With the advent of next generation Low E glass like Guardian’s ClimaGuard A+ and the consistent growth of triple glazing in the market, the insulating glass units being manufactured and installed today far exceed the performance we had grown accustomed to. Leaps in performance enforced by Building Regulations Document L in both in 2006 and then again in 2010, have fundamentally changed the windows installed today. However, with vastly improved performance and energy efficiency there is sometimes a compromise. As our windows become more efficient less heat escapes through the glazing, the adverse effect of this is that the temperature of the outer pane doesn’t warm in the same way that it does in less efficient glazing. This means that the temperature of the outer pane can drop below the dew point causing the outer surface of the glass to condensate. Guardian’s ClimaGuard Dry is one of the first anti external condensation glasses offering a solution to this problem.
The occurrence of external condensation is greatly influenced by the seasons and actually requires very specific conditions to occur. Most likely to occur in late autumn and again in early spring, external condensation normally occurs when a ‘warm front’ follows a cold dry spell, often on a cloud free night with little or no wind. However even these conditions will not guarantee external condensation to form on all windows! Micro climates created by hedges and other external objects like nearby buildings and tree’s, may only cause certain windows to condensate. This represents the most common complaint, as those windows affected tend to be perceived by the home owner as failing or inadequate. The truth of the matter is: external condensation isn’t a common problem compared to the number of windows installed each month and when it does occur it is actually first hand evidence that the windows installed are working efficiently, dramatically reducing heat loss through the glass.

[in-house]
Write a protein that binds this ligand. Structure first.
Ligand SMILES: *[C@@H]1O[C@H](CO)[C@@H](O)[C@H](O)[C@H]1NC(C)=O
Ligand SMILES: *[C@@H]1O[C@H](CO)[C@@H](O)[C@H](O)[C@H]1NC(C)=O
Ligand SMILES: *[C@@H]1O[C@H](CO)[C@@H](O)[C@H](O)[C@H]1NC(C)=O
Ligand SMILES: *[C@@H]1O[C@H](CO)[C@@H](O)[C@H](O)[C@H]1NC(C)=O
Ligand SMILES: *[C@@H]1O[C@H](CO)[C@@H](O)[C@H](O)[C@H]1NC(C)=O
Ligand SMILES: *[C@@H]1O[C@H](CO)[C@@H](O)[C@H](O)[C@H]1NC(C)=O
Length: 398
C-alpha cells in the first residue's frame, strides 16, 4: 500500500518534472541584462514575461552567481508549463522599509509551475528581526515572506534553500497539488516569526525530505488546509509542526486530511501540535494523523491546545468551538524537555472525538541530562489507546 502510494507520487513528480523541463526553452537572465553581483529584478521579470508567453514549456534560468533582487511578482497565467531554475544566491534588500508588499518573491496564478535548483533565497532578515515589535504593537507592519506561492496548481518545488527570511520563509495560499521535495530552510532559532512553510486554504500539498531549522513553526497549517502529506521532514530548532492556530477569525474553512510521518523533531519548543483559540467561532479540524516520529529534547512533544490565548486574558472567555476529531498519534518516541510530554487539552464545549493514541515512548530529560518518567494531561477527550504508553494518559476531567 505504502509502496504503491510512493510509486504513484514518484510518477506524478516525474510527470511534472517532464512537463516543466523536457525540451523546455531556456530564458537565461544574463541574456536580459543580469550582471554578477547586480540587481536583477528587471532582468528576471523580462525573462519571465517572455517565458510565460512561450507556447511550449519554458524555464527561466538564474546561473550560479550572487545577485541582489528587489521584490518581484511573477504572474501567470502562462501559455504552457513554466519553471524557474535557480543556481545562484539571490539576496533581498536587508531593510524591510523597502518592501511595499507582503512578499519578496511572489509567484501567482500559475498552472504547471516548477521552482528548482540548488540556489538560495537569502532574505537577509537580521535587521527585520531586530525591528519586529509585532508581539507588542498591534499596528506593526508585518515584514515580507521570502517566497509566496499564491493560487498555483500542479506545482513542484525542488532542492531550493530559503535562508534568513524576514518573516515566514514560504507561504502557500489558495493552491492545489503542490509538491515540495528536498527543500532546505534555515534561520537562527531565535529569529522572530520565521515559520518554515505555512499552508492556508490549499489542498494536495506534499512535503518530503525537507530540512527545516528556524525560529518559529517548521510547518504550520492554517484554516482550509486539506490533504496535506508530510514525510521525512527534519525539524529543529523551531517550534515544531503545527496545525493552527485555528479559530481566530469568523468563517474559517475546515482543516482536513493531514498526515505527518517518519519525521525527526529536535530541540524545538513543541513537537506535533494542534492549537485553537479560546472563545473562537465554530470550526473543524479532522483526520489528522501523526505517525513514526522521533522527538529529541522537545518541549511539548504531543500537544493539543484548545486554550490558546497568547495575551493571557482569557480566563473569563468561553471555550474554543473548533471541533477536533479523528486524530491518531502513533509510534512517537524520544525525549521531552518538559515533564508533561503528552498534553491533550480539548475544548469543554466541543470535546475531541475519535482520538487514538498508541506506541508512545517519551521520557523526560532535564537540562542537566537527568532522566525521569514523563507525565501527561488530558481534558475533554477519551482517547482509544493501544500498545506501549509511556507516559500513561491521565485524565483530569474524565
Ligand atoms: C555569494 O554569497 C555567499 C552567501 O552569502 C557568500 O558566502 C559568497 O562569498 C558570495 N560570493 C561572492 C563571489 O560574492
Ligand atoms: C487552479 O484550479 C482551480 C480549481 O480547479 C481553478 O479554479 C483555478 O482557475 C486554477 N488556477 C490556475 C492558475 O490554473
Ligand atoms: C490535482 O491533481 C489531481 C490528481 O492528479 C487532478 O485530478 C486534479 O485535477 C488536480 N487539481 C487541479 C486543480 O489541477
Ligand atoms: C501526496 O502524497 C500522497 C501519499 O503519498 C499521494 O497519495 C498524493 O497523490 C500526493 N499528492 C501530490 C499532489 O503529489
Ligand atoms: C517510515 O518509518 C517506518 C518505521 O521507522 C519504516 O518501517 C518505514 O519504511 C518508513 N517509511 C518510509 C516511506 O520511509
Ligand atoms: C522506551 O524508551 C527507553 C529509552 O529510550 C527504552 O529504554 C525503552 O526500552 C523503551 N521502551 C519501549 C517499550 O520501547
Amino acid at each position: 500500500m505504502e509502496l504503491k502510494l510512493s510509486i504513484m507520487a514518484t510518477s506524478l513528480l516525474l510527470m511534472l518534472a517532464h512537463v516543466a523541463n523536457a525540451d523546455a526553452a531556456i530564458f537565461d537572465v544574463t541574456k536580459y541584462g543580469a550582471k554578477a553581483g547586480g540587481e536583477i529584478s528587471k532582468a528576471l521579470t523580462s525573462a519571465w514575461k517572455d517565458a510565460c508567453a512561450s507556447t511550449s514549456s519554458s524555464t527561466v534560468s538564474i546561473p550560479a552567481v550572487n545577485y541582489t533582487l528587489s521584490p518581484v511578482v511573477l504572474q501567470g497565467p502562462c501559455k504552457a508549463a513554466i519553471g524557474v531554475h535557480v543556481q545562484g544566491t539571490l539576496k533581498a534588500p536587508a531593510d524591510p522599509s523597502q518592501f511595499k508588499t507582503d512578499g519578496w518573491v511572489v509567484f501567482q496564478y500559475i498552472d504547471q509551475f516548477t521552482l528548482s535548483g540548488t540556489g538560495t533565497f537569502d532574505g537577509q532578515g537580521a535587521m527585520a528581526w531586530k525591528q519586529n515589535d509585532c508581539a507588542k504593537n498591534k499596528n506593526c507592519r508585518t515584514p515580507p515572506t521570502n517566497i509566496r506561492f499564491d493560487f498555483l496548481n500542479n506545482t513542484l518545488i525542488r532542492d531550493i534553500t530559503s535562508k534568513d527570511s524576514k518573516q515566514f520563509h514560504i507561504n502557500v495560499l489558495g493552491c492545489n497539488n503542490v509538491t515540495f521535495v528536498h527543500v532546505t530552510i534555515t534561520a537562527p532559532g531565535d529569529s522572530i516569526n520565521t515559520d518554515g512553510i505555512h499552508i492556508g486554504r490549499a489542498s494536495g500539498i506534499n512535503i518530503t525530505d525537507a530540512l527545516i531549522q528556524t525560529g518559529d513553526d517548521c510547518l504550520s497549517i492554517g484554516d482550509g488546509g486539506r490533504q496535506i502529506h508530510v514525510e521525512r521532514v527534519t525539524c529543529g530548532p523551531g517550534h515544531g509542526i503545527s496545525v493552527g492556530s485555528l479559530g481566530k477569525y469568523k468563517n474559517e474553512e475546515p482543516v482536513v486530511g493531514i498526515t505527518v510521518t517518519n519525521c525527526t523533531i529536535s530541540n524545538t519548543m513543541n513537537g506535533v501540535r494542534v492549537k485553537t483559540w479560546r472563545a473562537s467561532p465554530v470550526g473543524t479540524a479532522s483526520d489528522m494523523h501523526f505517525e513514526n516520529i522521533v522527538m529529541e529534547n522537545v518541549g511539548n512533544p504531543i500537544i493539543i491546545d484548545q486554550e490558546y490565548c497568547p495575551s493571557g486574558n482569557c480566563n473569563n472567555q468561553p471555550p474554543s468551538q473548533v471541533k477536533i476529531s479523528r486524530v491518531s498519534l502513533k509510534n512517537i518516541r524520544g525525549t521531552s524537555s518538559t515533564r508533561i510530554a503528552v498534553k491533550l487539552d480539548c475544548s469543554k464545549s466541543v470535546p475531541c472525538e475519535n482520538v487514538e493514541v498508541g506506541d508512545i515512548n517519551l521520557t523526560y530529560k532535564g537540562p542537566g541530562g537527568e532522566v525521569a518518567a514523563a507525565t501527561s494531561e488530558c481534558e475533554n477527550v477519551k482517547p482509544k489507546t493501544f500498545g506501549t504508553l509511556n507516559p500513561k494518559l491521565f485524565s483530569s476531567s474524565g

ClimaGuard Dry was originally developed in 2010 and has been available in other parts of Europe for some time now, particularly in countries where triple glazing represents over 50% of installations and in some of the Nordic countries where triple glazing now represents nearly 90% of the glazing installed. In these countries the benefits of highly energy efficient triple glazing have been recognised and the occurrence of external condensation is more commonly understood. With understanding, there is a general acceptance that exceptional efficiency may result in short spells of external condensation, and for many this isn’t considered a problem rather a showpiece that their glazing is keeping their energy bills at bay. However, for those who do prefer a clear window all year round, there is ClimaGuard Dry.
Guardian’s ClimaGuard Dry uses state of the art magnetron sputter coating technology to create a surface one coated glass which insulates the outer pane when fabricated into double and triple glazed IGU’s. The coating helps to keep the glass temperature above the dew point whilst also helping to prevent the condensation from forming in the first place.
For more information on ClimaGuard Dry please visit www.guardianglass.co.uk